“What Does The Asylum Officer Want to Hear?”

Last time we discussed the importance of having a legal brief in the asylum application.  Today I want to talk about a subject that is very important to me: Why applicants should not tell the asylum officer what they think the officer wants to hear.
In an earlier post, I mentioned a memorized “script” .I would say to each applicant regarding their right to a lawyer at the interview.  In fact, I had many such “scripts” I would deliver to applicants depending on the circumstances.  Before becoming an asylum officer, we had to attend six weeks of residential training at a law enforcement training center in Georgia, learning the basics of asylum law and interviewing techniques.  When officers first learn to conduct asylum interviews, there are many scripts they have to memorize.  Once an officer actually begins adjudicating cases, they forget much of the template language and develop their own interviewing style.  However, there are certain canned phrases which remain useful throughout one’s career as an asylum officer.  Here is one such phrase, which I would often use to preface the interview:
“If you are unable to answer any of my questions, it’s fine to say that you don’t know, don’t understand, or that you don’t remember.  Please do not tell me what you think I want to hear.”
This is a very important point.  Many asylum applicants second-guess their own testimony and wind up sabotaging themselves at the interview.  It’s important to understand that asylum officers are professionals.  Determining credibility is one of their core responsibilities.  Each day they interview 2-3 applicants, a large portion of whom have credibility issues.  After performing this job a short time, asylum officers become very good at finding inconsistencies in people’s stories.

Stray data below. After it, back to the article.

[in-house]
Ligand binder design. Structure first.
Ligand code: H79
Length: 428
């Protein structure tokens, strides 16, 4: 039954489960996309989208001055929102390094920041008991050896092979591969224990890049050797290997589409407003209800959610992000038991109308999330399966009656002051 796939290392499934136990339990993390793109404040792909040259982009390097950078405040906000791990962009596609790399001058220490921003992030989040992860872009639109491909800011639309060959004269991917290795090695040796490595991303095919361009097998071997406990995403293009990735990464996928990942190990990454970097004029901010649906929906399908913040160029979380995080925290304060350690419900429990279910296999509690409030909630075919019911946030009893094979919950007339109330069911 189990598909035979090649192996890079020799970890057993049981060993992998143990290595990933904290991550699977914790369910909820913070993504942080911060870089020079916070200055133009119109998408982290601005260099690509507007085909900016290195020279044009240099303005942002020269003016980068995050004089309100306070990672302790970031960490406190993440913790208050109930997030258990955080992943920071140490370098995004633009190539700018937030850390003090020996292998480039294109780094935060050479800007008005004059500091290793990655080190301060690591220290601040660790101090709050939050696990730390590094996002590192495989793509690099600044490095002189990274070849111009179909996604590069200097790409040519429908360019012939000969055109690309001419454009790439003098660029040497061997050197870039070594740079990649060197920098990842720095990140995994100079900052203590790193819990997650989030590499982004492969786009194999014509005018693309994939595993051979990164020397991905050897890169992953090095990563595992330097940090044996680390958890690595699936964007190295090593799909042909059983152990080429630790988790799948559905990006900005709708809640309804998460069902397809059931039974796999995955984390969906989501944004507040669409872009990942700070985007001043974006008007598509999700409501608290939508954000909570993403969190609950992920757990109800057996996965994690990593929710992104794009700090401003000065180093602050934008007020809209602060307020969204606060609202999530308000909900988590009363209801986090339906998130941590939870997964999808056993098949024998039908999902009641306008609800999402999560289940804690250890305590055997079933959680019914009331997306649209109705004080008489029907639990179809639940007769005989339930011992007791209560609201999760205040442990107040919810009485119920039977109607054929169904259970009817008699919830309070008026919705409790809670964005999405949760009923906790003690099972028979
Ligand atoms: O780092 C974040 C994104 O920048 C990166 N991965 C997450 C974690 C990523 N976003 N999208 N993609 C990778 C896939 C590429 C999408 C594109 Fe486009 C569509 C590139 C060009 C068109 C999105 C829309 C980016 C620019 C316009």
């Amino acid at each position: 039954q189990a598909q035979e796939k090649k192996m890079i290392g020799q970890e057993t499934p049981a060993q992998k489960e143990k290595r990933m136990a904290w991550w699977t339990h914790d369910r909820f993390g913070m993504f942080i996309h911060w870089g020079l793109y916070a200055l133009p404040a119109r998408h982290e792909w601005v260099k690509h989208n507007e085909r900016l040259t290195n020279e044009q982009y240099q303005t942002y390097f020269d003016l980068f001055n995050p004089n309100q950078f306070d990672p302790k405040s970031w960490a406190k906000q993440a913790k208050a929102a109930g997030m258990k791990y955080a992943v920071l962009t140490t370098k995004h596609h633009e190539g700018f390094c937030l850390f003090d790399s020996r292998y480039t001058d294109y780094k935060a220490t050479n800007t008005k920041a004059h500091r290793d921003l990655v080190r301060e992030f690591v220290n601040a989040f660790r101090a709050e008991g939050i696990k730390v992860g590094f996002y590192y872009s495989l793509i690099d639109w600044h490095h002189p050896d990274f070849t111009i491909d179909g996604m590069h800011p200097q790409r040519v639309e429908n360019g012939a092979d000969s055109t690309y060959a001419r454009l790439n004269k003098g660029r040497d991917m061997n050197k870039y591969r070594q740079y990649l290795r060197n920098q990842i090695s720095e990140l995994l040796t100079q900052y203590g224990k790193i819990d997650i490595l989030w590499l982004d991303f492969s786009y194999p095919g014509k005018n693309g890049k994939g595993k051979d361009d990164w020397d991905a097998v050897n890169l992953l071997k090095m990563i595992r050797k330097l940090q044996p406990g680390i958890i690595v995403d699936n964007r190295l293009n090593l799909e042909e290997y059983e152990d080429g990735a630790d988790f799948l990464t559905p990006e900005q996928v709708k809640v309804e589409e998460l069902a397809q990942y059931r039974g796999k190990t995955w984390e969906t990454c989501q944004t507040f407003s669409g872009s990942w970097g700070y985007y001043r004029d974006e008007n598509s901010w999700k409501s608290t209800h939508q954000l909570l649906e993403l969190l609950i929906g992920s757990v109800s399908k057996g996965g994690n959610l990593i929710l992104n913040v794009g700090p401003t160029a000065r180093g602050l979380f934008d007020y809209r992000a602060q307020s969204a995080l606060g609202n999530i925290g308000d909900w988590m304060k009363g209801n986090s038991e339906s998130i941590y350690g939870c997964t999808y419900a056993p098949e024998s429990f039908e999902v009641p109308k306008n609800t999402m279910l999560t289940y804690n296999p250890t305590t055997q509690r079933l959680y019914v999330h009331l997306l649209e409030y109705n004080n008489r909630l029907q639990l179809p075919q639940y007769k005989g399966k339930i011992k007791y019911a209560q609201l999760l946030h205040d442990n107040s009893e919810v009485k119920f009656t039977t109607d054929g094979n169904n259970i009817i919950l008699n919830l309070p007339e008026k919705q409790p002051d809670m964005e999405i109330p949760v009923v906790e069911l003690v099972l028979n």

In contrast, applicants generally only have one opportunity in their lifetimes to present an asylum claim.  Therefore, an individual applicant’s chances of outsmarting an asylum officer are not very good.  Therefore, it’s best to tell one’s story in as straightforward a fashion as possible and to adhere closely to one’s own experience.  Overthinking one’s responses is likely to make matters worse.  Even innocent attempts to cater one’s responses to the asylum officer’s preferences are likely to smack of insincerity.
When I coach clients on their asylum interview, when a client does not know how to answer one of my questions, they will often ask, “What do you think the asylum officer wants to hear?”  I always answer, “Forget what they want to hear, what really happened?”  If you still don’t know how to answer, it’s best that you respond, “I don’t know, or “I don’t remember.”  These are natural responses.  If a story is too perfect, the asylum officer will suspect that the applicant is not being truthful.  Ordinary people sometimes forget things or are unaware of important details; however, they will not usually contradict their own story.  Liars tend to have an answer for everything, but will often testify inconsistently when pressed on details.
In order to have a successful asylum interview, the most important thing is to have confidence.  If you think too hard about the asylum officer’s reactions, it will negatively impact your confidence.  Know your story, stick to it and do not attempt to talk about things you do not know.  What’s the best way to know your story?  Practice!  An asylum interview is a performance.  Like any performance, it improves with practice.  If the asylum interview is your first time telling your story, you are not adequately prepared.  This is one of the key places where Alexandre Law can help benefit your asylum claim.  It has been truly remarkable to me to see the improvement that clients can show after just one or two mock interviews.